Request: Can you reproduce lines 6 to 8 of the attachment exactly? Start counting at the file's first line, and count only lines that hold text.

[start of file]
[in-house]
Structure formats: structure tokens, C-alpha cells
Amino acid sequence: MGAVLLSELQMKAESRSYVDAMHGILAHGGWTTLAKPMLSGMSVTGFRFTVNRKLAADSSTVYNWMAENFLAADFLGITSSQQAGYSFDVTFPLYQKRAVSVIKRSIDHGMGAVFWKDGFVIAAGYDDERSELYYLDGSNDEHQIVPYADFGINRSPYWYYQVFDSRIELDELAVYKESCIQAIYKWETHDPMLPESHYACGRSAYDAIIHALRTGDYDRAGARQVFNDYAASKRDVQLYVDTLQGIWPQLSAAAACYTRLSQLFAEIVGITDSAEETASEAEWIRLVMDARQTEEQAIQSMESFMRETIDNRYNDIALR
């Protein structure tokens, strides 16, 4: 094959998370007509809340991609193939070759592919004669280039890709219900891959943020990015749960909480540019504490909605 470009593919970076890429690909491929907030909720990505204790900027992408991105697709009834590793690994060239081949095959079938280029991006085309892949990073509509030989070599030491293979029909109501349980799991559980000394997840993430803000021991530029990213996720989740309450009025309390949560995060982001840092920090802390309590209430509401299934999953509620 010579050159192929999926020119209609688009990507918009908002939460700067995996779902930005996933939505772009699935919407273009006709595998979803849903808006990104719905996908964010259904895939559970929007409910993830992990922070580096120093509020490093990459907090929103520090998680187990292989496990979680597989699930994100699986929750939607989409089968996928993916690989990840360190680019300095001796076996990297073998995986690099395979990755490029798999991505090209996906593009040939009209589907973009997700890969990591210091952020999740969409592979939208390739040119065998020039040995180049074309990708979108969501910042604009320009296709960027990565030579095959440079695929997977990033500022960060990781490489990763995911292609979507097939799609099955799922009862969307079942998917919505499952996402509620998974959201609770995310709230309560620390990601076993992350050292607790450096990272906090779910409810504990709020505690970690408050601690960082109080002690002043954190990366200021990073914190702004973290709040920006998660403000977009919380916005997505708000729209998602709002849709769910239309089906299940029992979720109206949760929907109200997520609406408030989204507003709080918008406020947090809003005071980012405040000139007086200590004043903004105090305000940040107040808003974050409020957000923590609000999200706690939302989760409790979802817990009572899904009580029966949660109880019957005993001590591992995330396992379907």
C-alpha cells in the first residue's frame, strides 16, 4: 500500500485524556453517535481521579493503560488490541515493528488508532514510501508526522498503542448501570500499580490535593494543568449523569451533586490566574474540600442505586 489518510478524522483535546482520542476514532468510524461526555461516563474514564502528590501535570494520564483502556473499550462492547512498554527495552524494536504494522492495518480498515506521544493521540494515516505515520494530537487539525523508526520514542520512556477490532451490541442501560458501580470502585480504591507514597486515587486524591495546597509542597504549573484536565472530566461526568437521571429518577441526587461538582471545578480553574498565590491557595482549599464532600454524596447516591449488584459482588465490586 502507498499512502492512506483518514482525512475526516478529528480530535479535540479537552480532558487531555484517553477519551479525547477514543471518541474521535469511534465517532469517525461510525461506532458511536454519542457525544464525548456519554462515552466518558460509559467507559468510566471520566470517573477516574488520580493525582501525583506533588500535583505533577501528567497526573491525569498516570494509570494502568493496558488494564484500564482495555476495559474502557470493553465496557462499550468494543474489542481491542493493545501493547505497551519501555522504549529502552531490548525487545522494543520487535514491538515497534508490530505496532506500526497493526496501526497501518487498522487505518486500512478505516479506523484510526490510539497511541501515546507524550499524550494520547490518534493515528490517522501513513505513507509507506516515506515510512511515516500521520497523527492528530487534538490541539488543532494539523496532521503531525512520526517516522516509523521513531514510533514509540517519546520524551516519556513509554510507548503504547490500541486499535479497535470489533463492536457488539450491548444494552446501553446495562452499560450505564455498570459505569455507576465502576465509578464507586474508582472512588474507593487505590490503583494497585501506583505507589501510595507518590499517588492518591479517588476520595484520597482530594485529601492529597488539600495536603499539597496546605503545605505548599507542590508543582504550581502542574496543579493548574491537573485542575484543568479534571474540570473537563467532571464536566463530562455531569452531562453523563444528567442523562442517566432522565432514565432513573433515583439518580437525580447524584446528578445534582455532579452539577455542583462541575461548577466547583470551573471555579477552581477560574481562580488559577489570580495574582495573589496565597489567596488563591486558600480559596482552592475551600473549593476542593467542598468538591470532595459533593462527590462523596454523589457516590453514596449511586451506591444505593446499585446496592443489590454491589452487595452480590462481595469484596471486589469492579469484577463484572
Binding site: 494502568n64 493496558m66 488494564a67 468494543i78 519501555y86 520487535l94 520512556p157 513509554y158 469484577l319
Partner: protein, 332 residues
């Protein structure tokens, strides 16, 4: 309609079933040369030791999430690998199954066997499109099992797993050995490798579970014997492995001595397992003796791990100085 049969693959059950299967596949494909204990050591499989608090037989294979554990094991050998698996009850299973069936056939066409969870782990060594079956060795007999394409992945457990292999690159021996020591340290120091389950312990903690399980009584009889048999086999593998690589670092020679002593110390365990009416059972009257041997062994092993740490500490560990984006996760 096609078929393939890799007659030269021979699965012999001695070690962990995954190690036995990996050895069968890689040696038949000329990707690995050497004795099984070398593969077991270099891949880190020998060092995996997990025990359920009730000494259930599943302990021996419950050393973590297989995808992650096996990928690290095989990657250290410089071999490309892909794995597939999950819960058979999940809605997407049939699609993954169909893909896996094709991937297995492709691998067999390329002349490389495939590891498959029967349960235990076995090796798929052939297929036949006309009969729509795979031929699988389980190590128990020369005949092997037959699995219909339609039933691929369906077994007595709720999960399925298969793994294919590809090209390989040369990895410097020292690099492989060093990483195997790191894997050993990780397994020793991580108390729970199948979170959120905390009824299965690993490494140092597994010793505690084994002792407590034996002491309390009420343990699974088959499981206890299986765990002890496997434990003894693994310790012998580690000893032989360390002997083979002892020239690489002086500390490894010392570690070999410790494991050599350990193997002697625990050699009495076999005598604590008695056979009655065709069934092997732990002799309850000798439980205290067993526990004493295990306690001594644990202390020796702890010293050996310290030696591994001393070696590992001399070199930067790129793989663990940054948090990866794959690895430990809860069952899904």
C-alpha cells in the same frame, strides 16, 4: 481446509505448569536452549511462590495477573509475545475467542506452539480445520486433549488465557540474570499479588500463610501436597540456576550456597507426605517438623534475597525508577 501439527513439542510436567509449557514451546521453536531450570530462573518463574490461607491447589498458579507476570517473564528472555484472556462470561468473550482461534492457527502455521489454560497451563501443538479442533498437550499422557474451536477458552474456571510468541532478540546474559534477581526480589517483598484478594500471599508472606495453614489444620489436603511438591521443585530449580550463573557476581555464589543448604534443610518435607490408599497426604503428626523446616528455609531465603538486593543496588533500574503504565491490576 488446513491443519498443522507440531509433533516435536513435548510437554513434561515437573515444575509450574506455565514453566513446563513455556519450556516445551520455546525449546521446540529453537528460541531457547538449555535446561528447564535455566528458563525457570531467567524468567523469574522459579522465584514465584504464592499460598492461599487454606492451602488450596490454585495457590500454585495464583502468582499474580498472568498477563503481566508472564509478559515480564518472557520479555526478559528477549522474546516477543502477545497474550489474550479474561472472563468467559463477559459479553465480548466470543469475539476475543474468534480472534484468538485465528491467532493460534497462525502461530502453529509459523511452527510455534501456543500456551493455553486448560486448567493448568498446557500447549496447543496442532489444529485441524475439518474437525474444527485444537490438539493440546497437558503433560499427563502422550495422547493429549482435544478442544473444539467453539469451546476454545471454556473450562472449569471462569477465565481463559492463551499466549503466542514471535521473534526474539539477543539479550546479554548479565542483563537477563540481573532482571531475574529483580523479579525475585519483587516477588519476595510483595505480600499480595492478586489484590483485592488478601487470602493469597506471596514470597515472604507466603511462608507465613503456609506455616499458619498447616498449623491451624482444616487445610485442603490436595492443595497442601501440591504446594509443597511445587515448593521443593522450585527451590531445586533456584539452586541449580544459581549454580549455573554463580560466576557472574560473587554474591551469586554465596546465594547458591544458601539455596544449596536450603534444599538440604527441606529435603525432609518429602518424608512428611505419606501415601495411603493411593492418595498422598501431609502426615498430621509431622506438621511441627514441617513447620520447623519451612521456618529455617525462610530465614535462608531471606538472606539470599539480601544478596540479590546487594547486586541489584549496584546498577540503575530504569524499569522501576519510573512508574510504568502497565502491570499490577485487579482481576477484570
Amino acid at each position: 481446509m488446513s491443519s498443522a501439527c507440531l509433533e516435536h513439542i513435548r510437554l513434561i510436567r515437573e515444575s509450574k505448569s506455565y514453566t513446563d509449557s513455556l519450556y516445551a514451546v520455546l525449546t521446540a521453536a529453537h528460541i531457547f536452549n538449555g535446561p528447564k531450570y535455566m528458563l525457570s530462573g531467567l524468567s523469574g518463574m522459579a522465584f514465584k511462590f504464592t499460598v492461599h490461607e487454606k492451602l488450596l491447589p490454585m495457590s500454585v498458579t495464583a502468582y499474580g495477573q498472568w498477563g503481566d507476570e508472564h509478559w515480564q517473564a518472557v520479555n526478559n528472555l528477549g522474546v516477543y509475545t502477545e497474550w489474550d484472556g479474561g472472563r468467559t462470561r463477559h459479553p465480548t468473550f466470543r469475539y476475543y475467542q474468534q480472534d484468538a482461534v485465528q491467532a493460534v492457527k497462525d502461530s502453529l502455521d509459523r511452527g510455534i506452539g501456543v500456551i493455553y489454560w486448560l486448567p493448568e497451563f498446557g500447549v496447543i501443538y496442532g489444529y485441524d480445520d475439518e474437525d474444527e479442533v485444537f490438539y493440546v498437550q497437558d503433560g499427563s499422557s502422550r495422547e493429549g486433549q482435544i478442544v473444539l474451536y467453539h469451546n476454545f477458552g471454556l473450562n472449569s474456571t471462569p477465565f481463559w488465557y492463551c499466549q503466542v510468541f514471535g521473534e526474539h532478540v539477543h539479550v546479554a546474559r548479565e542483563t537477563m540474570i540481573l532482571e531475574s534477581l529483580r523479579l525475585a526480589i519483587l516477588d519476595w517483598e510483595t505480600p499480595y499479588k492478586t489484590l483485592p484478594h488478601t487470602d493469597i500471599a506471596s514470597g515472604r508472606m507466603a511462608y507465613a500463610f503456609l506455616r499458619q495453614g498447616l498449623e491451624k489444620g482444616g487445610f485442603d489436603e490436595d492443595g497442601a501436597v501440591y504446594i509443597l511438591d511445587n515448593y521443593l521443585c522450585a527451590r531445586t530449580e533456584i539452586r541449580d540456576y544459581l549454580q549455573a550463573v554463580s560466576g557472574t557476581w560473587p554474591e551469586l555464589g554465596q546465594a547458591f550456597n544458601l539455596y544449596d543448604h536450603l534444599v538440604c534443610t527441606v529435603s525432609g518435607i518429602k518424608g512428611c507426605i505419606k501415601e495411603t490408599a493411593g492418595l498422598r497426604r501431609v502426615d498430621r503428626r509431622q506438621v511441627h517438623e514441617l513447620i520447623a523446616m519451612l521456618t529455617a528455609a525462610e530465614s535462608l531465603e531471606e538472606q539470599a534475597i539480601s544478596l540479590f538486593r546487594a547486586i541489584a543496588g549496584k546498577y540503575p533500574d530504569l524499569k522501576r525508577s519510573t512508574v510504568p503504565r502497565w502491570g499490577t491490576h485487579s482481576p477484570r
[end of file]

Binding site: 494502568n64 493496558m66 488494564a67 468494543i78 519501555y86 520487535l94 520512556p157 513509554y158 469484577l319
Partner: protein, 332 residues
């Protein structure tokens, strides 16, 4: 309609079933040369030791999430690998199954066997499109099992797993050995490798579970014997492995001595397992003796791990100085 049969693959059950299967596949494909204990050591499989608090037989294979554990094991050998698996009850299973069936056939066409969870782990060594079956060795007999394409992945457990292999690159021996020591340290120091389950312990903690399980009584009889048999086999593998690589670092020679002593110390365990009416059972009257041997062994092993740490500490560990984006996760 096609078929393939890799007659030269021979699965012999001695070690962990995954190690036995990996050895069968890689040696038949000329990707690995050497004795099984070398593969077991270099891949880190020998060092995996997990025990359920009730000494259930599943302990021996419950050393973590297989995808992650096996990928690290095989990657250290410089071999490309892909794995597939999950819960058979999940809605997407049939699609993954169909893909896996094709991937297995492709691998067999390329002349490389495939590891498959029967349960235990076995090796798929052939297929036949006309009969729509795979031929699988389980190590128990020369005949092997037959699995219909339609039933691929369906077994007595709720999960399925298969793994294919590809090209390989040369990895410097020292690099492989060093990483195997790191894997050993990780397994020793991580108390729970199948979170959120905390009824299965690993490494140092597994010793505690084994002792407590034996002491309390009420343990699974088959499981206890299986765990002890496997434990003894693994310790012998580690000893032989360390002997083979002892020239690489002086500390490894010392570690070999410790494991050599350990193997002697625990050699009495076999005598604590008695056979009655065709069934092997732990002799309850000798439980205290067993526990004493295990306690001594644990202390020796702890010293050996310290030696591994001393070696590992001399070199930067790129793989663990940054948090990866794959690895430990809860069952899904």